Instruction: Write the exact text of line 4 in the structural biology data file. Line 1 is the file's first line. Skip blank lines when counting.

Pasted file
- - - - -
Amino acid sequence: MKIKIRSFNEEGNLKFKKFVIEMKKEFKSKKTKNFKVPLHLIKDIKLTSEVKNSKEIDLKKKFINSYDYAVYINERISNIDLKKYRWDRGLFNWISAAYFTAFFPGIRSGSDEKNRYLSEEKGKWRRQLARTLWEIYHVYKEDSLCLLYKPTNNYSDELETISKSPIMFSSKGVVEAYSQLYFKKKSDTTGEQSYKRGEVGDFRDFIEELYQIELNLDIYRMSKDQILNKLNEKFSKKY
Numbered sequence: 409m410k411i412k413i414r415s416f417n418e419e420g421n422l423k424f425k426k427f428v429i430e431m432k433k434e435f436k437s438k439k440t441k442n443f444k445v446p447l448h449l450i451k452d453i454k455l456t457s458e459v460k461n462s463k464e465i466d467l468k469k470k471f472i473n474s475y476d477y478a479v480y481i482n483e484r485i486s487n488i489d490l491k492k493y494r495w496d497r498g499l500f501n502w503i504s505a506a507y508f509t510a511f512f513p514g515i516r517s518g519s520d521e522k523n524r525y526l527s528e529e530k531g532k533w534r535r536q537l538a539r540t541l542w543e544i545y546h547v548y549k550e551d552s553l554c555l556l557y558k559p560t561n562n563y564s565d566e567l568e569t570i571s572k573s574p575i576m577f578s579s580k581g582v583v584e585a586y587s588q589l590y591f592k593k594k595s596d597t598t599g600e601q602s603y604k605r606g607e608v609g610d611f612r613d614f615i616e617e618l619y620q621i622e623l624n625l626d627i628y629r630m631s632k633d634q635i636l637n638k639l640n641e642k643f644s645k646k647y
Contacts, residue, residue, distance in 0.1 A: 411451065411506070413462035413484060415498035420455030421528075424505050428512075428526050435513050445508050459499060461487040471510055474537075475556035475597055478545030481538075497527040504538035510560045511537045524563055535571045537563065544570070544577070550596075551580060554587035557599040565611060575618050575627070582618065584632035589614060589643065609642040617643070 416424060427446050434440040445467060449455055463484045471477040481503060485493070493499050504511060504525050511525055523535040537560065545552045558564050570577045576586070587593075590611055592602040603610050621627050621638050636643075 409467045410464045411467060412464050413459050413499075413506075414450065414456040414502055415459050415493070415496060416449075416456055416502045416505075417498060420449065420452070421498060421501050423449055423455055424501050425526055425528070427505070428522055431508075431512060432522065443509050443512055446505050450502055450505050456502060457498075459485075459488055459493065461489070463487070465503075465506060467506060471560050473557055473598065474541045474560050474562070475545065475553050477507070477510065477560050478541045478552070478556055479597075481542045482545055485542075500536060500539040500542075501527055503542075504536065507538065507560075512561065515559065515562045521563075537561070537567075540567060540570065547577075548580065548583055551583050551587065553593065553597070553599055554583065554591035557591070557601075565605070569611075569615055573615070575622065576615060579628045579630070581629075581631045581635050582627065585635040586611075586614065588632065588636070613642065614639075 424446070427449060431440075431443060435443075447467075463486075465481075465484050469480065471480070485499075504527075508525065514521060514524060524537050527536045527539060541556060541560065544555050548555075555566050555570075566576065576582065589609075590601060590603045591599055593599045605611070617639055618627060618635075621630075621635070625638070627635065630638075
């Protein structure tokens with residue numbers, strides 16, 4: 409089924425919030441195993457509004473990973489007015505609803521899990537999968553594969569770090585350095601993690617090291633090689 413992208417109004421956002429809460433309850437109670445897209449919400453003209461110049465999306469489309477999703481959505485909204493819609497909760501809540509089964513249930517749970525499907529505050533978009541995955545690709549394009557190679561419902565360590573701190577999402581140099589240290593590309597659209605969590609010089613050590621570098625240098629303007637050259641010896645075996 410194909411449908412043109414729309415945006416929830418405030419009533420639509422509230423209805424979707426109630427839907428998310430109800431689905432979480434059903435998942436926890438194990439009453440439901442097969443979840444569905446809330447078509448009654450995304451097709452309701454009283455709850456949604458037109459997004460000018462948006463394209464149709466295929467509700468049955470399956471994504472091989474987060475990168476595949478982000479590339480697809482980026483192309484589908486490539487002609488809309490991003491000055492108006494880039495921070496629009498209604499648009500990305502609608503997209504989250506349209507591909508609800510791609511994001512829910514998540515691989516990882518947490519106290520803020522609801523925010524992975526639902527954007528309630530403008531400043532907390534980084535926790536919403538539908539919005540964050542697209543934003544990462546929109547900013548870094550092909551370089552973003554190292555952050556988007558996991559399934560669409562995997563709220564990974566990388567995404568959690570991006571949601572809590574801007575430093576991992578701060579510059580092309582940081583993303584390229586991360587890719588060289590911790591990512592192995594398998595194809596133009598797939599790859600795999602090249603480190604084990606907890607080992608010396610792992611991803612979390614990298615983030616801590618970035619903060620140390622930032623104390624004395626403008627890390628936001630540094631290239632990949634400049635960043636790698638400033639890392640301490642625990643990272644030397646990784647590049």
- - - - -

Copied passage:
């Protein structure tokens with residue numbers, strides 16, 4: 409089924425919030441195993457509004473990973489007015505609803521899990537999968553594969569770090585350095601993690617090291633090689 413992208417109004421956002429809460433309850437109670445897209449919400453003209461110049465999306469489309477999703481959505485909204493819609497909760501809540509089964513249930517749970525499907529505050533978009541995955545690709549394009557190679561419902565360590573701190577999402581140099589240290593590309597659209605969590609010089613050590621570098625240098629303007637050259641010896645075996 410194909411449908412043109414729309415945006416929830418405030419009533420639509422509230423209805424979707426109630427839907428998310430109800431689905432979480434059903435998942436926890438194990439009453440439901442097969443979840444569905446809330447078509448009654450995304451097709452309701454009283455709850456949604458037109459997004460000018462948006463394209464149709466295929467509700468049955470399956471994504472091989474987060475990168476595949478982000479590339480697809482980026483192309484589908486490539487002609488809309490991003491000055492108006494880039495921070496629009498209604499648009500990305502609608503997209504989250506349209507591909508609800510791609511994001512829910514998540515691989516990882518947490519106290520803020522609801523925010524992975526639902527954007528309630530403008531400043532907390534980084535926790536919403538539908539919005540964050542697209543934003544990462546929109547900013548870094550092909551370089552973003554190292555952050556988007558996991559399934560669409562995997563709220564990974566990388567995404568959690570991006571949601572809590574801007575430093576991992578701060579510059580092309582940081583993303584390229586991360587890719588060289590911790591990512592192995594398998595194809596133009598797939599790859600795999602090249603480190604084990606907890607080992608010396610792992611991803612979390614990298615983030616801590618970035619903060620140390622930032623104390624004395626403008627890390628936001630540094631290239632990949634400049635960043636790698638400033639890392640301490642625990643990272644030397646990784647590049």